Title

Mitral valve infective endocarditis: benefit of early operation and aggressive use of repair.

Publication/Presentation Date

6-1-2009

Abstract

BACKGROUND: In-hospital mortality rates for left-sided infective endocarditis (IE) exceed 20%. We investigated the outcomes of an aggressive approach to mitral valve IE that emphasizes early surgical intervention and preferential performance of mitral valve repair.

METHODS: We reviewed 89 consecutive operations in 87 patients for native mitral valve IE at a single institution from 2002 to 2007. Operations occurred promptly after completion of preoperative studies. Independent risk factors for death were investigated using multivariable logistic regression.

RESULTS: Mitral valve repair was accomplished in 56 of 89 patients (63%). Perioperative mortality was 4.4% (n = 4). Survival rates at 1 and 5 years were 89.9% (80 of 89) and 82.0% (73 of 90). There was a survival benefit for repair vs replacement at 1 (p = 0.03) and 5 years (p = 0.0017). Repair vs replacement (odds ratio [OR], 0.2; 95% confidence interval [CI], 0.06 to 0.72), diabetes (OR, 4.43; 95% CI, 1.18 to 16.66), and renal failure (OR, 3.65; 95% CI, 1.3 to 12.91) were independent risk factors for late mortality. Among 59 patients with active IE, preoperative head computed tomography (CT) showed 29 (49%) had abnormalities, including 12 (41%) with intracerebral hemorrhage. The median interval was 4 days from admission to operation. The rate of permanent postoperative stroke was 1.1% (1 of 89).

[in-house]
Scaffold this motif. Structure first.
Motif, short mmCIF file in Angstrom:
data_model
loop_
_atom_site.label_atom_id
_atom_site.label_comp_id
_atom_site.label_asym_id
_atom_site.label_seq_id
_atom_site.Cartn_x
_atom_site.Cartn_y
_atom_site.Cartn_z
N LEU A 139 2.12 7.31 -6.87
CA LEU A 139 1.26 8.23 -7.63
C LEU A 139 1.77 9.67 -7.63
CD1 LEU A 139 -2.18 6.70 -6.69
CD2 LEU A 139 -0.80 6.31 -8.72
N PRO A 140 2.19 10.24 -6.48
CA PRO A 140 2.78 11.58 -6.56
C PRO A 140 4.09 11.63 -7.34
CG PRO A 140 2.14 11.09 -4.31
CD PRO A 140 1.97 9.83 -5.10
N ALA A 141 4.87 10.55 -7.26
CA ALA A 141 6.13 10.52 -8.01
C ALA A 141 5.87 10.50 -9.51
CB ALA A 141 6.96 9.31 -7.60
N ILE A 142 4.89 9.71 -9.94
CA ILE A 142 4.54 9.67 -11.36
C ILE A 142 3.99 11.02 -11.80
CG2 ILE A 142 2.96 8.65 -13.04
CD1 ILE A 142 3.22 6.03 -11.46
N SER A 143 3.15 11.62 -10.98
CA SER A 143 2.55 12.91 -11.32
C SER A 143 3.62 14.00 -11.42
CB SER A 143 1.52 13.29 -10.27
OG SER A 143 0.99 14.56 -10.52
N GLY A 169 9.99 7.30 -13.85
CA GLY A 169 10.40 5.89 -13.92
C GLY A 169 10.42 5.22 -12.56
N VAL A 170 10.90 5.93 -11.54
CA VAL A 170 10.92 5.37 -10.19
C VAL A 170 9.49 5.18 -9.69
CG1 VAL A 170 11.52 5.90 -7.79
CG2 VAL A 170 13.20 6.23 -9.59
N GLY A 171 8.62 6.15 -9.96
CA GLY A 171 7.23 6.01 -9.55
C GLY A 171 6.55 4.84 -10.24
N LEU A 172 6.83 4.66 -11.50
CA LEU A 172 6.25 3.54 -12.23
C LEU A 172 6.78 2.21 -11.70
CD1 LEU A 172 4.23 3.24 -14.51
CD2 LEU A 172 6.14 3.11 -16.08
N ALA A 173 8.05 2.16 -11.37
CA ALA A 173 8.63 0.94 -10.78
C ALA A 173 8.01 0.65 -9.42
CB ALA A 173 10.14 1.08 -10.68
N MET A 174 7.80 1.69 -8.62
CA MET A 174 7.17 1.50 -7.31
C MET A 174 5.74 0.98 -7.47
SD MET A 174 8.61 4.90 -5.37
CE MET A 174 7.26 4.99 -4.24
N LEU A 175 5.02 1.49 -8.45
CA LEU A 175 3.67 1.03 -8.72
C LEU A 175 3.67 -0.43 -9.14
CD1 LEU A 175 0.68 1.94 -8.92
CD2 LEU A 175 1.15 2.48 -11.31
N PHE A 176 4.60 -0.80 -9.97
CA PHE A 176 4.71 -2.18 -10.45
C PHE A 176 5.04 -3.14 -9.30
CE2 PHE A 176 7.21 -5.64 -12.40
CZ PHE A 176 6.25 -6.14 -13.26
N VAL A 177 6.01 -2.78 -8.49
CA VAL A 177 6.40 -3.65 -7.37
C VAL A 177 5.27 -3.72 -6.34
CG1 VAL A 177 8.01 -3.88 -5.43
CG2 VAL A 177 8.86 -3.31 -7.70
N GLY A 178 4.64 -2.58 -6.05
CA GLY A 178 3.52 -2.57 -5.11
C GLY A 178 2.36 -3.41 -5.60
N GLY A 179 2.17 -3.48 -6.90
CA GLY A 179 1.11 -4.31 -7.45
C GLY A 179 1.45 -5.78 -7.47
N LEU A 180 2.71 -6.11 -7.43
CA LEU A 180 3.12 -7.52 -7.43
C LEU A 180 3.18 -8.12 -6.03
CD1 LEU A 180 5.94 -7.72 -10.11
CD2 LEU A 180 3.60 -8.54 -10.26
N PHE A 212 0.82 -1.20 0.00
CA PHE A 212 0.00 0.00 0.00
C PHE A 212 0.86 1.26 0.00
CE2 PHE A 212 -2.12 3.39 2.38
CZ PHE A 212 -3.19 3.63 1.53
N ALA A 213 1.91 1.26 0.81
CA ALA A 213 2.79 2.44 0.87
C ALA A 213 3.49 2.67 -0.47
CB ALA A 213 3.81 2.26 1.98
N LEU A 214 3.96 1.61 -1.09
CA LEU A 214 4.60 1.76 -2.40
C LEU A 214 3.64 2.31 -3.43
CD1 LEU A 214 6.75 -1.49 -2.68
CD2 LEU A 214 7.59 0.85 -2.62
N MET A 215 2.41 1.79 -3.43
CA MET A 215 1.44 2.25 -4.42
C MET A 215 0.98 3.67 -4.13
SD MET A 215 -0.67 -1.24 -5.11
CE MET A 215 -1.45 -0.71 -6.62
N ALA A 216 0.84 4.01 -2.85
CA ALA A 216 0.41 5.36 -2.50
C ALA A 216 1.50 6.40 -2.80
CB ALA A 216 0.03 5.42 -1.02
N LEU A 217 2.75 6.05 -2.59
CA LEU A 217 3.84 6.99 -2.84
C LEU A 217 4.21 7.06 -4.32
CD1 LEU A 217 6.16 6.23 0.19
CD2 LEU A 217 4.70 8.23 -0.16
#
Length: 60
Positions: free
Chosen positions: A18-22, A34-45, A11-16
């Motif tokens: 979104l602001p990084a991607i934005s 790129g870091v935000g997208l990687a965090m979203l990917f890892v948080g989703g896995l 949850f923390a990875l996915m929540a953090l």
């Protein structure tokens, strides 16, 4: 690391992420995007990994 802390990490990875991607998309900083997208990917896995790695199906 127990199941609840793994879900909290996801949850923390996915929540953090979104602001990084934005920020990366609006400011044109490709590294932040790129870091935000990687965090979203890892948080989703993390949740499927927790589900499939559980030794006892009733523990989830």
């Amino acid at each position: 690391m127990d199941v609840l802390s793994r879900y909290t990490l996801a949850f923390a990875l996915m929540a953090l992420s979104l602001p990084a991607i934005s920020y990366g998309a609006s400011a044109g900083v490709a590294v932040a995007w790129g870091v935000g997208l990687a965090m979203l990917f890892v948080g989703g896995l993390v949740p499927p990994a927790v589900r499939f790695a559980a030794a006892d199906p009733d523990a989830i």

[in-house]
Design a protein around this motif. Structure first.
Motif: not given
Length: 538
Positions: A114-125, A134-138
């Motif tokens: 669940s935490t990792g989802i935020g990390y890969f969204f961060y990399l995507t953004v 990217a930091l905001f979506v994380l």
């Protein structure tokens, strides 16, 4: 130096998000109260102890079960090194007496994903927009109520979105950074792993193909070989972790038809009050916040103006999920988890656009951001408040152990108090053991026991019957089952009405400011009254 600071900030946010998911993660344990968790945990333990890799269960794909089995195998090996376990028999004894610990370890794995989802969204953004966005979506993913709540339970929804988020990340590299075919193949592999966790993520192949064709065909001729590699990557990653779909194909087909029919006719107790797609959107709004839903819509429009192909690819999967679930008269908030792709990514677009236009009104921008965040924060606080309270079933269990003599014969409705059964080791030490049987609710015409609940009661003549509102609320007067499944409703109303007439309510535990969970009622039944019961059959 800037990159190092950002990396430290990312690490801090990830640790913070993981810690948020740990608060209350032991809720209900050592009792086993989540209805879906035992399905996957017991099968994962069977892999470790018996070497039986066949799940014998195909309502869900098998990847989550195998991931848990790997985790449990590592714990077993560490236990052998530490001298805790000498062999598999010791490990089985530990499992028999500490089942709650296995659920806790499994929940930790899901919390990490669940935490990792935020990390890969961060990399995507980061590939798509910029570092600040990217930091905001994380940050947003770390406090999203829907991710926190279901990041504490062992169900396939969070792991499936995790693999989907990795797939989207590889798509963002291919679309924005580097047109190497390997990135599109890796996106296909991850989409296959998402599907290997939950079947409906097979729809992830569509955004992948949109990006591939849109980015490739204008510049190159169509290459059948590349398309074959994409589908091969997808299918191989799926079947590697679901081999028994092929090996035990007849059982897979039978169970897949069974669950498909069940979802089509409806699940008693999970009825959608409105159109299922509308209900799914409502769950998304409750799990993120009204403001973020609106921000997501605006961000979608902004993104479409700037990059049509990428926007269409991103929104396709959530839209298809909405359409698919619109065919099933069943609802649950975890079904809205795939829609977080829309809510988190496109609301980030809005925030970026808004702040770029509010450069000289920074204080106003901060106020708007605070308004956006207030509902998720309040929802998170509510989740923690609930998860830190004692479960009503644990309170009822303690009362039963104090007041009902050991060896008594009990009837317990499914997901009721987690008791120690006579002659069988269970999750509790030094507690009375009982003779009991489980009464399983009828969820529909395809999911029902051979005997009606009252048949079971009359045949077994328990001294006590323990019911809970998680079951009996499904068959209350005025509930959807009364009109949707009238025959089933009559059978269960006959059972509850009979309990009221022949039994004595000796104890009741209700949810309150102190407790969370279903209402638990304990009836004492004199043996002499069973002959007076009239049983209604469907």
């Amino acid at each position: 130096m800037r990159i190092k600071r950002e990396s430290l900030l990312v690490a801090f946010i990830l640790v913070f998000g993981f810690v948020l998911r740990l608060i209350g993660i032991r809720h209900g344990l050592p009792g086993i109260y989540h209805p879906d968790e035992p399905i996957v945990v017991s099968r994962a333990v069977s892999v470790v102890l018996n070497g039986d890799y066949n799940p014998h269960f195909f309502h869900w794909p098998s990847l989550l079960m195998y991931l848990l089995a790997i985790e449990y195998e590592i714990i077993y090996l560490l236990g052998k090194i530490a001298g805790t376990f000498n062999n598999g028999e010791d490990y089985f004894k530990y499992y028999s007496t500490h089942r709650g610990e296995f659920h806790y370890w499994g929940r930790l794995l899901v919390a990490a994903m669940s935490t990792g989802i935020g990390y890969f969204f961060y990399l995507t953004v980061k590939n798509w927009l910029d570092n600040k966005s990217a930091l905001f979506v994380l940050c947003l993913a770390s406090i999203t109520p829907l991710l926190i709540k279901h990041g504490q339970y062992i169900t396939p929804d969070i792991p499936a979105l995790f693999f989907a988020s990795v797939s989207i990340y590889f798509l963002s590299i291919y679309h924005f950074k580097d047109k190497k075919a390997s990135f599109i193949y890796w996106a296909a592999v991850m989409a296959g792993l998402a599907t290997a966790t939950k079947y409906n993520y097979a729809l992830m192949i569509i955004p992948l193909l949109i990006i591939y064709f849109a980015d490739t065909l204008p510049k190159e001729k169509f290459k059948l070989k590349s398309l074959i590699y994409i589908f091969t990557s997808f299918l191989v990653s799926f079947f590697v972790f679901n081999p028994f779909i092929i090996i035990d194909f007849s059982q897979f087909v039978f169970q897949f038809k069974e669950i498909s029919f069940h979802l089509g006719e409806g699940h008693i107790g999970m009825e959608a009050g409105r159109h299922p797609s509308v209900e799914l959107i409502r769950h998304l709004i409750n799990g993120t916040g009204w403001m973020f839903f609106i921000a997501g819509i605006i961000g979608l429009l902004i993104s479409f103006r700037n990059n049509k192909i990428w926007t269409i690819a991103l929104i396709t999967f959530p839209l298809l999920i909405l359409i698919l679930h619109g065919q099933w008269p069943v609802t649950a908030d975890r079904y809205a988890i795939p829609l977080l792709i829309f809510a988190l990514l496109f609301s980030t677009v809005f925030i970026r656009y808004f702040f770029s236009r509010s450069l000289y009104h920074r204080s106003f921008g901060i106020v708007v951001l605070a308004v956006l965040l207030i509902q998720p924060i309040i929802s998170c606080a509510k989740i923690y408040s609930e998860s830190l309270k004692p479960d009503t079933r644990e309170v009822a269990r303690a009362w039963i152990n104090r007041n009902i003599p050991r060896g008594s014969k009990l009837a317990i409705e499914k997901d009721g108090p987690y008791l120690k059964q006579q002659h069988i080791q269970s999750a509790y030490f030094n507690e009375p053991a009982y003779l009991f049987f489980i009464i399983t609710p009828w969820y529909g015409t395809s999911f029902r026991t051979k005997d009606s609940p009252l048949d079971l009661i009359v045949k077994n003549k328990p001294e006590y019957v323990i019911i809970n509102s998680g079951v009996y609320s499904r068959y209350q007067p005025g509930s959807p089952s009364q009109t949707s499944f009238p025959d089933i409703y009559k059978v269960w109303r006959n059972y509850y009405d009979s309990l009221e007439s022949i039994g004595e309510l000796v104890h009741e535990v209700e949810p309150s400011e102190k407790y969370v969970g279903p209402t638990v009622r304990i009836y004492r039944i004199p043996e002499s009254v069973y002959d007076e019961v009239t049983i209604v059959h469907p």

CONCLUSIONS: These results support early surgical therapy for mitral valve IE. Head CT abnormalities do not warrant delay of operation. Mitral valve repair was associated with a long-term survival advantage compared with valve replacement.

Volume

87

Issue

6

First Page

1728

Last Page

1733

ISSN

1552-6259

Disciplines

Medicine and Health Sciences

PubMedID

19463586

Department(s)

Department of Surgery

Document Type

Article

COinS